Serbia’s central bank held its benchmark interest rate for the first time in four months, pausing a series of increases to bolster the dinar as economic growth slows.
The Belgrade-based Narodna Banka Srbije kept the one-week repurchase rate at 10.5 percent, it said today in a statement on its website. Six of 20 economists in a Bloomberg survey predicted no change, while six expected a quarter-point rise and eight forecast the rate to jump to 11 percent.
“Considering that the dominant factors that currently influence growth of inflation can’t be adequately influenced by the benchmark rate, the Executive Board decided to keep the current level of monetary-policy restrictiveness,” the bank said in a statement. The next rate meeting is Oct. 18.
Serbia is struggling to avoid a second recession in three years after the economy contracted 0.6 percent in the second quarter, following a 1.3 percent decline in the three months through March. Inflation is estimated to accelerate to 10 percent on rising food prices and increases in regulated prices by the end of 2012, according to the central bank.
“Any further tightening will depend on external factors and on the success of reigning in inflation expectations” as well as fiscal consolidation, the bank said.
Policy makers across Europe have eased rates, or considered doing so, to help their struggling economies as the euro region slips toward a recession amid budget-cutting austerity measures and a flare-up of the debt crisis. Hungarian policy makers lowered borrowing costs by a quarter-point to 6.75 percent on Aug. 28 and the Czech central bank lowered its two-week repurchase rate to a record-low 0.5 percent on June 28.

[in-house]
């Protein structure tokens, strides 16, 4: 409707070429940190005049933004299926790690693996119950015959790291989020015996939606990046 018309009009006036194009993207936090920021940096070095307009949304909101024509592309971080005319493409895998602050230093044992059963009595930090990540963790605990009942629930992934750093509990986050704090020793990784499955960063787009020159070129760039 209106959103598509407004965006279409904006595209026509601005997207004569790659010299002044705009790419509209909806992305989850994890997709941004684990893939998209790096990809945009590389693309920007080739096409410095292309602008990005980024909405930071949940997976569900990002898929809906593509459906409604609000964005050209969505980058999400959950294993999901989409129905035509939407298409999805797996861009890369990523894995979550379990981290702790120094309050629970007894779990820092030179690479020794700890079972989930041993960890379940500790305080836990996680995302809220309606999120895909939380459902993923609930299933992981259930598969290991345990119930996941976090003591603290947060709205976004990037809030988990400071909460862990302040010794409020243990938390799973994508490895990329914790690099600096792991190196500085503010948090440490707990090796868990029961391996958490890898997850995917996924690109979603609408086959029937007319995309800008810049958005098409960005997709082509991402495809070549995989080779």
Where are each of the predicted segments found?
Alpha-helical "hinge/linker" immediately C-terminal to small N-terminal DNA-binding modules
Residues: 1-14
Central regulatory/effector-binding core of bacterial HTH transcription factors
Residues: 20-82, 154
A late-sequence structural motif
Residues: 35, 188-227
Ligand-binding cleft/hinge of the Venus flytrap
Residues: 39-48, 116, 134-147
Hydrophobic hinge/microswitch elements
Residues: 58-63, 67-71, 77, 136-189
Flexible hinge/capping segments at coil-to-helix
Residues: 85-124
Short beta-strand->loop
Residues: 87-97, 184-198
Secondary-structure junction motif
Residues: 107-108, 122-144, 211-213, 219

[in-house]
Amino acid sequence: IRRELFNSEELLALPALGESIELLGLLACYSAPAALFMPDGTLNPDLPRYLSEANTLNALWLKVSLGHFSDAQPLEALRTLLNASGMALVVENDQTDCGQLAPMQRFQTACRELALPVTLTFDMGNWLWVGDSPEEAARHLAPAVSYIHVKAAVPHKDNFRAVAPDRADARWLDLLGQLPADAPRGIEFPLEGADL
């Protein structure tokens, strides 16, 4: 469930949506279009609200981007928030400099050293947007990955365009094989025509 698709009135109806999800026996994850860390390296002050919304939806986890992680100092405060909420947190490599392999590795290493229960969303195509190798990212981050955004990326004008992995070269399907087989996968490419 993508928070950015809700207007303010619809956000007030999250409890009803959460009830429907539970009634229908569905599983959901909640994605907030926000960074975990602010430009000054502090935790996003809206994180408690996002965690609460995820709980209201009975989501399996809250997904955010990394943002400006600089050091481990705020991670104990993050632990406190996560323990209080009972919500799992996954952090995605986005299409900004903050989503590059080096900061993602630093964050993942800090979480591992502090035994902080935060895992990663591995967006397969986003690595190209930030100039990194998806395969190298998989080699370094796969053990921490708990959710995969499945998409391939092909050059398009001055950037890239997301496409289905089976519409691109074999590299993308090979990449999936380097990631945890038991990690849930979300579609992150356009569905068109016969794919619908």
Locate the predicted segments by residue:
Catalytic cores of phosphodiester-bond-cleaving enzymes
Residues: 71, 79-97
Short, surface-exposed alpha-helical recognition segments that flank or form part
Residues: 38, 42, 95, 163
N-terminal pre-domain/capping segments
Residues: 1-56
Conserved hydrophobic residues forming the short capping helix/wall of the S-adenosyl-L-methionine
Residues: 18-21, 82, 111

The dinar traded 0.2 percent stronger against the euro at 117.5948 at 3:26 p.m. in Belgrade after falling 0.8 percent earlier in the session.
The central bank raised rates in June by a half point, and by a quarter point in both July and August to sap dinar liquidity to curb the currency’s decline. The unit has lost 8.9 percent to the euro so far this year, the seventh-worst performance in the world among 178 currencies tracked by Bloomberg.
“The bank may be anticipating some exceptional foreign currency inflows and related dinar strengthening that others are not aware of,” said Jasna Atanasijevic, chief economist at the Belgrade-based Hypo Alpe Adria AD bank. A rate hike “seemed necessary to support the dinar against its constant weakening in 2012.”
The International Monetary Fund suspended a $1.3 billion precautionary loan in February amid signs the previous government was slipping on budget targets. Such loans are set aside for a country in case of an economic or currency crisis without recipients necessarily drawing on the funds.
An IMF delegation is to arrive in Belgrade on Sept. 10 to discuss the country’s macroeconomic stability, as well as a law clipping of the central bank’s autonomy, which was criticized by the lender, by the World Bank and the European Commission.
Serbia will ask the Washington-based lender for a new loan, Finance and Economy Minister Mladjan Dinkic said Aug. 31. He is working on a review of the 2012 budget to narrow the gap to 6.5 percent of economic output this year and plans to keep it under 4 percent in 2013.